Talking Points

  • The CHC program is currently financed through a combination of discretionary and mandatory federal funds.
  • A mandatory fund was established under the Affordable Care Act, which provided a major investment of $11 billion over a five-year period for the operation, expansion, and construction of health centers throughout the nation. In 2015, Congress extended the Community Health Center Fund assuring health centers a continued source of mandatory funding of $3.6 billion annually for two additional years (FY16 and FY17).
  • This extension temporarily averted what was known as the “Primary Care Cliff” which would have ended mandatory funding—resulting in a 70% cutback in program funding.
  • If mandatory funds are not extended and/or discretionary funds not significantly increased past FY17 (which ends September 30) CHCs—and SBHCs sponsored by them—will face devastating cuts.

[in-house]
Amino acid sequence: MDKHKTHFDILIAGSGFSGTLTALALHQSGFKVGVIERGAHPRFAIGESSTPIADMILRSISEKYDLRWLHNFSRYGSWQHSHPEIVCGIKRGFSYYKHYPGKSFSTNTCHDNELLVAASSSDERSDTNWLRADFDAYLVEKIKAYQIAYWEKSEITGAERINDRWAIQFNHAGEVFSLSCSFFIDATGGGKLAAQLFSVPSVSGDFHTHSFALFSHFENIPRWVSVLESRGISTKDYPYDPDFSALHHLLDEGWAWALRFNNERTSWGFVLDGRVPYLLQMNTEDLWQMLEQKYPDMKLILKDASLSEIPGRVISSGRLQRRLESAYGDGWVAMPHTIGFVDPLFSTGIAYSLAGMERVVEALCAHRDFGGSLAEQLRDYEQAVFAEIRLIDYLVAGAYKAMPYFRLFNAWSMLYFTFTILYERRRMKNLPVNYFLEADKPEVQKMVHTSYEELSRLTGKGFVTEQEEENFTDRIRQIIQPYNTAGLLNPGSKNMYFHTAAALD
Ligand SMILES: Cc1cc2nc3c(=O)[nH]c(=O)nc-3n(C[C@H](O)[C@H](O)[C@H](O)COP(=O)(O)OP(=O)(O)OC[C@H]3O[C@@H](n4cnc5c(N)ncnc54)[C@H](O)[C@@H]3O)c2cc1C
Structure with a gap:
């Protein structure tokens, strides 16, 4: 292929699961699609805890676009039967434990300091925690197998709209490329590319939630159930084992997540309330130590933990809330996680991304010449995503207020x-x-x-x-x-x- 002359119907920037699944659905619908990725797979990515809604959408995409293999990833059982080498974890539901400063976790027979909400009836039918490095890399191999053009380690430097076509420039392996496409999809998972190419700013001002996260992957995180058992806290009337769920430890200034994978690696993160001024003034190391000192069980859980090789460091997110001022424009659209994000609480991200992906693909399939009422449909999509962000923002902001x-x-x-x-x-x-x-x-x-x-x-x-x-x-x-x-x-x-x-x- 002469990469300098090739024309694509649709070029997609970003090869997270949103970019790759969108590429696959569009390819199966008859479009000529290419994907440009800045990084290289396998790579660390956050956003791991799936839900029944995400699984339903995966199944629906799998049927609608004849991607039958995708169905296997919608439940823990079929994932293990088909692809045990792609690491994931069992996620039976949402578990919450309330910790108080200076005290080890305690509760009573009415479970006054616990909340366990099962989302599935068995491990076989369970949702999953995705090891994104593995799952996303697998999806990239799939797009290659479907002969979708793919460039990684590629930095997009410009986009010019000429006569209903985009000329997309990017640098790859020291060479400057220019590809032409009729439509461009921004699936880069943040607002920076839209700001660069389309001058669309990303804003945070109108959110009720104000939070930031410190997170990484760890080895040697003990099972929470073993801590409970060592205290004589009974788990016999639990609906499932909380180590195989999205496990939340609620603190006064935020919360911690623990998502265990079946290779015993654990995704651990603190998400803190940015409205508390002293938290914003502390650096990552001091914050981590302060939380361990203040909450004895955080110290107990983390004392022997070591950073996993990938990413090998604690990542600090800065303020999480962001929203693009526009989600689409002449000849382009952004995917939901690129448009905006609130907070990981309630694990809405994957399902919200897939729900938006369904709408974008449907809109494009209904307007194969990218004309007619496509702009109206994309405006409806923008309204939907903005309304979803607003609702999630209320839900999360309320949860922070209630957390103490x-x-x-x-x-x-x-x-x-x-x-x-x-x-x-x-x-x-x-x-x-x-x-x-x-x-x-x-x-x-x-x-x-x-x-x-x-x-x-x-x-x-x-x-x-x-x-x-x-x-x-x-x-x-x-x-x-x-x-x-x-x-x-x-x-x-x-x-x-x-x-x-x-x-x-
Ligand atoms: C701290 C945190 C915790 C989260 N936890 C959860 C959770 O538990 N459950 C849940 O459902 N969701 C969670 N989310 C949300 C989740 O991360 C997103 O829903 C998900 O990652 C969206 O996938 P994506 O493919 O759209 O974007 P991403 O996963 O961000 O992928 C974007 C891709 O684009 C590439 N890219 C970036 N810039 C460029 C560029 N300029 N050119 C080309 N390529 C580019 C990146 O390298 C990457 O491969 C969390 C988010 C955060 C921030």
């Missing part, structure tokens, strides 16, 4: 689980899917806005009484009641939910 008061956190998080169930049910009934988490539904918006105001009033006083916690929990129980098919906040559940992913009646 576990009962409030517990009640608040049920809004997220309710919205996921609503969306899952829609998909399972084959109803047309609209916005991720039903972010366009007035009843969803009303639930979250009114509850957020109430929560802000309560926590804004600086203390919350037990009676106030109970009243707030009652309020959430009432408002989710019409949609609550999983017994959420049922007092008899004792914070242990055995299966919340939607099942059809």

• According to the School-Based Health Alliance’s 2013-2014 Census Survey, more than 40% of SBHCs are sponsored by FQHCs that receive federal funds from the CHC program.
Future of the Children’s Health Insurance Program (CHIP)

We support timely reauthorization of CHIP that includes: (1) a robust level of funding and (2) ensures strong protections and benefits to covered children. Together, Medicaid and CHIP cover 40% of kids in the U.S and a majority of the children seen in school-based health centers (SBHC).

Talking Points

  • Funding for CHIP expired on September 30, 2017. Congress must act immediately to extend funding.
  • CHIP is an important source of coverage for 8 million children from low to moderate income families.
  • Together, Medicaid and CHIP cover 40% of kids in the U.S and a majority of the children seen in SBHCs.
  • Like the Medicaid program, CHIP is a state/federal match program; however the federal CHIP match rate is higher and the program is capped.
  • States have flexibility in how to implement their CHIP program. Some states have a separate CHIP program, some use CHIP funds to expand their Medicaid program, and some adopt a combination approach.